Sample baby schedules for 1- and 2-month-olds

At 1 and 2 months old, babies are nursing or taking a bottle around the clock. Newborns shouldn't follow a strict schedule, but your baby is probably giving you clues to their natural feeding preferences and rhythms. By breastfeeding and bottle-feeding often and following your baby's hunger cues, you're helping your baby gain weight and grow stronger every day.

A woman breastfeeding a baby
Photo credit: Erica Cervantez for BabyCenter

Getting into a routine with your baby is a process. You'll learn to read your baby's cues to develop a pattern of eating, sleeping, and playing that meets your little one's needs and works for your family. 

At 1 and 2 months old, your new baby has a tiny stomach, which means they're not able to eat a lot at each feeding. Instead, they'll eat small amounts fairly often.

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Babies this age also sleep a lot, dozing off for an average of 16 hours each day. Roughly half of these hours will happen during the day, the rest at night. But your baby won't sleep for long stretches yet because they need to eat so often. Instead, they'll sleep in short bursts throughout the day and night.

Following a strict feeding schedule isn't recommended – or possible – for young babies. Right now, your goal is to get to know your baby and help them get a healthy start. Feed your baby on demand, watching their hunger cues, so they stay hydrated and put on weight

Even though your daily routine with your baby is all over the place at this point – and that's completely normal – it can be a big help to get a general idea of what these first couple of months will be like. Below, you'll find sample schedules for 1- and 2-month-olds based on those of real parents and reviewed by a pediatrician on our Medical Advisory Board.

Some general things to keep in mind as you're getting used to your baby's feeding patterns:

  • Breastfeed babies tend to eat more frequently than formula-fed babies, and may eat less during each feeding.
  • Exclusively breastfed babies eat about eight to 12 times over a 24-hour period when they're 1 and 2 months old. Here's how to tell whether your baby's getting enough breast milk.
  • Formula-fed babies will eat around six to eight times a day at 1 and 2 months old. They'll typically have 4 ounces every three to four hours for a total of 24 to 32 ounces of formula each day. Here's how to tell if your baby's getting enough formula.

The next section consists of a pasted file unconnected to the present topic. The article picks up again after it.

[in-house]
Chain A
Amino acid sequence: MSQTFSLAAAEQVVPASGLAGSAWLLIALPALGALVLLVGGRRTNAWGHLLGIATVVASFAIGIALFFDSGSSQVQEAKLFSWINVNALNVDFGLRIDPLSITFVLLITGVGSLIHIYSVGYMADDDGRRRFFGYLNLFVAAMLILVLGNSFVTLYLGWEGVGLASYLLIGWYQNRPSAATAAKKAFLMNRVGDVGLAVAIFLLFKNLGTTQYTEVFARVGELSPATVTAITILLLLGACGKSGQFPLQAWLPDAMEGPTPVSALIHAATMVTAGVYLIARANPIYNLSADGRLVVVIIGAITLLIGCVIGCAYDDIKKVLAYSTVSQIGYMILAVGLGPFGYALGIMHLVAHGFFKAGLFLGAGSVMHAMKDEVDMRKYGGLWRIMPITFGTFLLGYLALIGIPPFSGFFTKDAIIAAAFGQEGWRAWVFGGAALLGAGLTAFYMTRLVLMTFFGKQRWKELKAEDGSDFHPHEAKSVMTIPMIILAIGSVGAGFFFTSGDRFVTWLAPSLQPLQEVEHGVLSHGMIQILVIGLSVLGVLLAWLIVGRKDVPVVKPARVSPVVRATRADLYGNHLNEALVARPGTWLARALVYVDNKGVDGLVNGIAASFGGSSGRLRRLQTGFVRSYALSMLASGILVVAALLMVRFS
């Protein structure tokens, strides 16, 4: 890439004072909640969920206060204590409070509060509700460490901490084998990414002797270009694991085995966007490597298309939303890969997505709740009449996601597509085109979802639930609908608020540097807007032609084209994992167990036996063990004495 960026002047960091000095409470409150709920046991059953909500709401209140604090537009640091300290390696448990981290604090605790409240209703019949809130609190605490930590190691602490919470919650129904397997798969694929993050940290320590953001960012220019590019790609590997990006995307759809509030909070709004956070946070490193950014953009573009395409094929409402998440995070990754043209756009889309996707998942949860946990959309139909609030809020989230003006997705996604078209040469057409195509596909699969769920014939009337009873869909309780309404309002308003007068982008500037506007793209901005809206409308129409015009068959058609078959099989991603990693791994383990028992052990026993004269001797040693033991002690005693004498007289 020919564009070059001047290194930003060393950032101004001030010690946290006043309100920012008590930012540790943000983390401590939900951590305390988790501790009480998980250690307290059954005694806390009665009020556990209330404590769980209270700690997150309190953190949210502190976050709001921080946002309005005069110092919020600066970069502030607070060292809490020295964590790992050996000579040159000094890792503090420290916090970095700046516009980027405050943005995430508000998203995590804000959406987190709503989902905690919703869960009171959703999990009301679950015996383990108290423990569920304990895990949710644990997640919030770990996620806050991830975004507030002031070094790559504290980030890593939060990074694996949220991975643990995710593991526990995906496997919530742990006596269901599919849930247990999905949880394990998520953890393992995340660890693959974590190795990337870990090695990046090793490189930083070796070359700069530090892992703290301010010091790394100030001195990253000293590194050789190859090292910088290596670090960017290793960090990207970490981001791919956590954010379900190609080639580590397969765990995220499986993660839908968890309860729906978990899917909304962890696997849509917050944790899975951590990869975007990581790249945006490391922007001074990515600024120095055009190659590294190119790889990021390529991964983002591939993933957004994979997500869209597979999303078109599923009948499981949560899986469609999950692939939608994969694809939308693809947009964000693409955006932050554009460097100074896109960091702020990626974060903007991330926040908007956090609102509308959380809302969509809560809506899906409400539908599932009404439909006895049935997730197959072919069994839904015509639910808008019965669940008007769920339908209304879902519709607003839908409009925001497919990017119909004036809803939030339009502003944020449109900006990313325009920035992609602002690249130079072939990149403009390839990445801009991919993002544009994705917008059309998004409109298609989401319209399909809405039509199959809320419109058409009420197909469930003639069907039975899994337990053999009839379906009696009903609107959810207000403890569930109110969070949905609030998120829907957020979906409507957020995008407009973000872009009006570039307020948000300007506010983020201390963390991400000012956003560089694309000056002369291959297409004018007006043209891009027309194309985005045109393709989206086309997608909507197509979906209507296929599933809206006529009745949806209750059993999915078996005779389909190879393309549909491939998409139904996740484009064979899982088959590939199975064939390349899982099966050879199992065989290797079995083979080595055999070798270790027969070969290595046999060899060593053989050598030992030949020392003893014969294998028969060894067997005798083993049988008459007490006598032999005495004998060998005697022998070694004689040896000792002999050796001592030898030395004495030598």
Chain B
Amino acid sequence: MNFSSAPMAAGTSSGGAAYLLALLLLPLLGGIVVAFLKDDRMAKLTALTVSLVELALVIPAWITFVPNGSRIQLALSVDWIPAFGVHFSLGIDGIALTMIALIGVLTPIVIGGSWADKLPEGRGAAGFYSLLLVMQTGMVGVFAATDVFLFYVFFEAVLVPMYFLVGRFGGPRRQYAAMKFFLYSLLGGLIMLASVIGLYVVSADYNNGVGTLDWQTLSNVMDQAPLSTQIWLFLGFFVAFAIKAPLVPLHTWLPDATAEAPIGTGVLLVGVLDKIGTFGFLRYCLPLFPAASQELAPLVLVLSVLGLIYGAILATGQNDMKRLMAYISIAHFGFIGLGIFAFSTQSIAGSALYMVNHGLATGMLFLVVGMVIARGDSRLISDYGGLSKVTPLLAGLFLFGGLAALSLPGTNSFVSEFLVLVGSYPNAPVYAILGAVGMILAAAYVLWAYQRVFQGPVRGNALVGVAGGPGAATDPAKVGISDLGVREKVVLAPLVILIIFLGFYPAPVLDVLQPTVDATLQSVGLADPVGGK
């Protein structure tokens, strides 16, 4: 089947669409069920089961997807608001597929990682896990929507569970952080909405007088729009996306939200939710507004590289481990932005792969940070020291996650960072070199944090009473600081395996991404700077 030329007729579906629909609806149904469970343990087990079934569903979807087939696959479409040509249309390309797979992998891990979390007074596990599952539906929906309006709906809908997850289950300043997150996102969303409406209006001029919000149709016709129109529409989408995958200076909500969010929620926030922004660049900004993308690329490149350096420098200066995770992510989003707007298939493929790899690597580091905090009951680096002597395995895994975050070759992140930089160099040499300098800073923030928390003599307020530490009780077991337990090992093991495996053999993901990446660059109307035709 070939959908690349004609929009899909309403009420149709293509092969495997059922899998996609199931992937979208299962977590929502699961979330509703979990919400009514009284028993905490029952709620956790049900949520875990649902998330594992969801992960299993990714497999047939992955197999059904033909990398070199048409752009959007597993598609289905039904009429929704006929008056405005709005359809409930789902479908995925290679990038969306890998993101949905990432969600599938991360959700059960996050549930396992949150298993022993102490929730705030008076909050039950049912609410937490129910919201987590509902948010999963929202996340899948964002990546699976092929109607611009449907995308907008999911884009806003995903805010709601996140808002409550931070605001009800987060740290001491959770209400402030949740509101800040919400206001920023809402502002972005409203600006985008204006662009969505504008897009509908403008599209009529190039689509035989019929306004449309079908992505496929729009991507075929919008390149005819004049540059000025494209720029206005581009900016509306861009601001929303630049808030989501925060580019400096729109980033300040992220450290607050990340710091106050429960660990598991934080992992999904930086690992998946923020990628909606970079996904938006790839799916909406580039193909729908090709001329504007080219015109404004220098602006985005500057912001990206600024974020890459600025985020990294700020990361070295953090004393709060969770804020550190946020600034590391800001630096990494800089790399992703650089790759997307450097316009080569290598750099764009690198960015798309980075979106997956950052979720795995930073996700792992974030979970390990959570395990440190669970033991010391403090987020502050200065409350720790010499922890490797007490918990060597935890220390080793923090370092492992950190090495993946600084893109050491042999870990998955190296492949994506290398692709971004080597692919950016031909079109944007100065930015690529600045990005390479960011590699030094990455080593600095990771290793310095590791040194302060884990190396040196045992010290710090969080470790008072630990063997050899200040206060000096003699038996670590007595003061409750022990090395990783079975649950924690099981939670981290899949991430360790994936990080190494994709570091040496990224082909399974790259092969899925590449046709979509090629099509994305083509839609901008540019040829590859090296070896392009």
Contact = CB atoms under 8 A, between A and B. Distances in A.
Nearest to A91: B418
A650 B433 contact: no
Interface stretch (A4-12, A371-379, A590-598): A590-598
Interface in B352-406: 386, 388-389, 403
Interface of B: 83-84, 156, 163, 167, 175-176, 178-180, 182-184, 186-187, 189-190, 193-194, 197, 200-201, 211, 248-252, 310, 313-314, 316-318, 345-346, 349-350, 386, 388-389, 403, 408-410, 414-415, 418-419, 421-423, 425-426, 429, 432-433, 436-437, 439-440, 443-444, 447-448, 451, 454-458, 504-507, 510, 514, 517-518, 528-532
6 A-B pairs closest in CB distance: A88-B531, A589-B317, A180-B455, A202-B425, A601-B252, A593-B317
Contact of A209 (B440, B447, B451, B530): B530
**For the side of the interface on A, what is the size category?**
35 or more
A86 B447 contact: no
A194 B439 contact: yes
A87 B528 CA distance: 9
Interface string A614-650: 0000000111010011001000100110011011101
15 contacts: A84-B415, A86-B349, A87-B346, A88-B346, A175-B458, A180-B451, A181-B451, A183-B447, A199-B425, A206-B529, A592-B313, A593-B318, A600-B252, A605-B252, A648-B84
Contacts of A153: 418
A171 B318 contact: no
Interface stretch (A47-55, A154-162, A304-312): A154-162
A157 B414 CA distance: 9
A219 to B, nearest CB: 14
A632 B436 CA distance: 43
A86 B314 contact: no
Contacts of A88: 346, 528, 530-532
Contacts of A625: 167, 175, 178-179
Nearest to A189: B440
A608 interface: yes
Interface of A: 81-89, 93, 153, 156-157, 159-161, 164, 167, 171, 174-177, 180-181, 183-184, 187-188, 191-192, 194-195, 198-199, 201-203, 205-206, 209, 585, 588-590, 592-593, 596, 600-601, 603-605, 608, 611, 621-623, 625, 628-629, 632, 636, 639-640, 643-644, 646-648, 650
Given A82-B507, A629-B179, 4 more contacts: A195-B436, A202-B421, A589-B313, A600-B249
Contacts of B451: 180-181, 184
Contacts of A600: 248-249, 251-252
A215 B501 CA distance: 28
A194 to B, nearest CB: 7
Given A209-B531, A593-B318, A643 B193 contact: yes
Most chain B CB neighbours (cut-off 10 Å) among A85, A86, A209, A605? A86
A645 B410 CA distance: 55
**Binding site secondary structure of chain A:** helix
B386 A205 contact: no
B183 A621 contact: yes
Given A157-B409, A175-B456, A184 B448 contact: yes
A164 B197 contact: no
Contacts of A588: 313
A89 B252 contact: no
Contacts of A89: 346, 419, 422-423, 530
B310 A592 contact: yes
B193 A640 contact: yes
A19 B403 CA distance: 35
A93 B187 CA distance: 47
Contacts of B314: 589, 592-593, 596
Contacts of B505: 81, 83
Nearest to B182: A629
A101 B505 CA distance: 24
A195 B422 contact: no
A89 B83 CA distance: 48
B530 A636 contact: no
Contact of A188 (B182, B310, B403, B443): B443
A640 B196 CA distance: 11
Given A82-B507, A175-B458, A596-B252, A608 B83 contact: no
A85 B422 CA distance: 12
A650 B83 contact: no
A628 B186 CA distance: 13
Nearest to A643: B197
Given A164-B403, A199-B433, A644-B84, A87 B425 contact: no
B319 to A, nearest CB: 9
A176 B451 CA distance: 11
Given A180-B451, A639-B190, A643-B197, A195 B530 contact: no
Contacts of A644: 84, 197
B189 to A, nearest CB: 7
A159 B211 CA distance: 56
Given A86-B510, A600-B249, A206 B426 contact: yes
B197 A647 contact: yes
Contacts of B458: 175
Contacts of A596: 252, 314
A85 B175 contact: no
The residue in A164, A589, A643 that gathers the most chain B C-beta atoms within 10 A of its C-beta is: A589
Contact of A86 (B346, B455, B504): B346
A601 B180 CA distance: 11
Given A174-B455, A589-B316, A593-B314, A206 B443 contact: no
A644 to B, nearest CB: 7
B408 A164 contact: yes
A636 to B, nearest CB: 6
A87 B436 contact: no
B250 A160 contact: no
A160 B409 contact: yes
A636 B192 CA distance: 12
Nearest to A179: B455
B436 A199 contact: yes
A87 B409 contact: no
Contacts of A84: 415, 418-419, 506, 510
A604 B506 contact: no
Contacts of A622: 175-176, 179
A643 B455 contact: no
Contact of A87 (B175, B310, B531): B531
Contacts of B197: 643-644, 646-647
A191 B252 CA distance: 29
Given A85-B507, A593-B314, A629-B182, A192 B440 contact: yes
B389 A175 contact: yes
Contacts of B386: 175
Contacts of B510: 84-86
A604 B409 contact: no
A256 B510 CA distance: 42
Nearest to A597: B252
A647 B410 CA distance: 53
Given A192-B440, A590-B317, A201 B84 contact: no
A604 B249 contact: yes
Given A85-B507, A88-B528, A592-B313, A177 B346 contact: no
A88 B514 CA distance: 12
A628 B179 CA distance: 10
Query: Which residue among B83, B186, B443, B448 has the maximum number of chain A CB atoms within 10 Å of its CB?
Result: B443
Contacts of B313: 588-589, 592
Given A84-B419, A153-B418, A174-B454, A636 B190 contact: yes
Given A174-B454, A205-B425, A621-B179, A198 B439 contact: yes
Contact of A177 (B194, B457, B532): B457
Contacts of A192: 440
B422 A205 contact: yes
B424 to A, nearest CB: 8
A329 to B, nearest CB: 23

Sample 1-month-old feeding schedule

6 a.m.: 4 ounces of formula, then falls back to sleep.

8:30 a.m.: Wakes up, has playtime and tummy time.

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9 a.m.: 4 ounces of formula.

9:30 a.m.: Playtime on the activity mat or tummy mat.

10 a.m.: Naptime.

12 p.m.: Wakes up, has 4 ounces of formula.

12:30 p.m.: Walk in stroller and playtime.

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2 p.m.: 4 ounces of formula, then naptime.

5 p.m.: Wakes up, has 4 ounces of formula.

7:30 p.m.: Bath time and bedtime routine.

8 p.m.: 4 ounces of formula.

12 a.m.: 4 ounces of formula, then back to bed.

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3 a.m.: 4 ounces of formula, then back to bed.

Sample 2-month-old feeding schedule

6 a.m.: Breastfeed for 30 minutes, then back to bed.

7 a.m.: Wakes up, playtime.

8 a.m.:  Breastfeed for 25 minutes, then naptime.

9:30 a.m.: Playtime or cuddles with a parent.

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10:30 a.m.: Breastfeed for 30 minutes, then naptime.

11:30 a.m.: Walk around neighborhood in stroller.

1 p.m.: Breastfeed for 20 minutes, naptime.

2:30 p.m.: Playtime.

3:15 p.m.: Breastfeed for 30 minutes, then naptime.

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5 p.m.: Wakes up, playtime.

6 p.m.: Breastfeed for 30 minutes.

6:30 p.m.: Playtime and bath time.

7:30 p.m.: Breastfeed for 30 minutes, then bedtime routine.

12:30 a.m.: Baby wakes, nurses and falls back asleep.

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3 a.m.: Baby wakes, nurses and falls back asleep.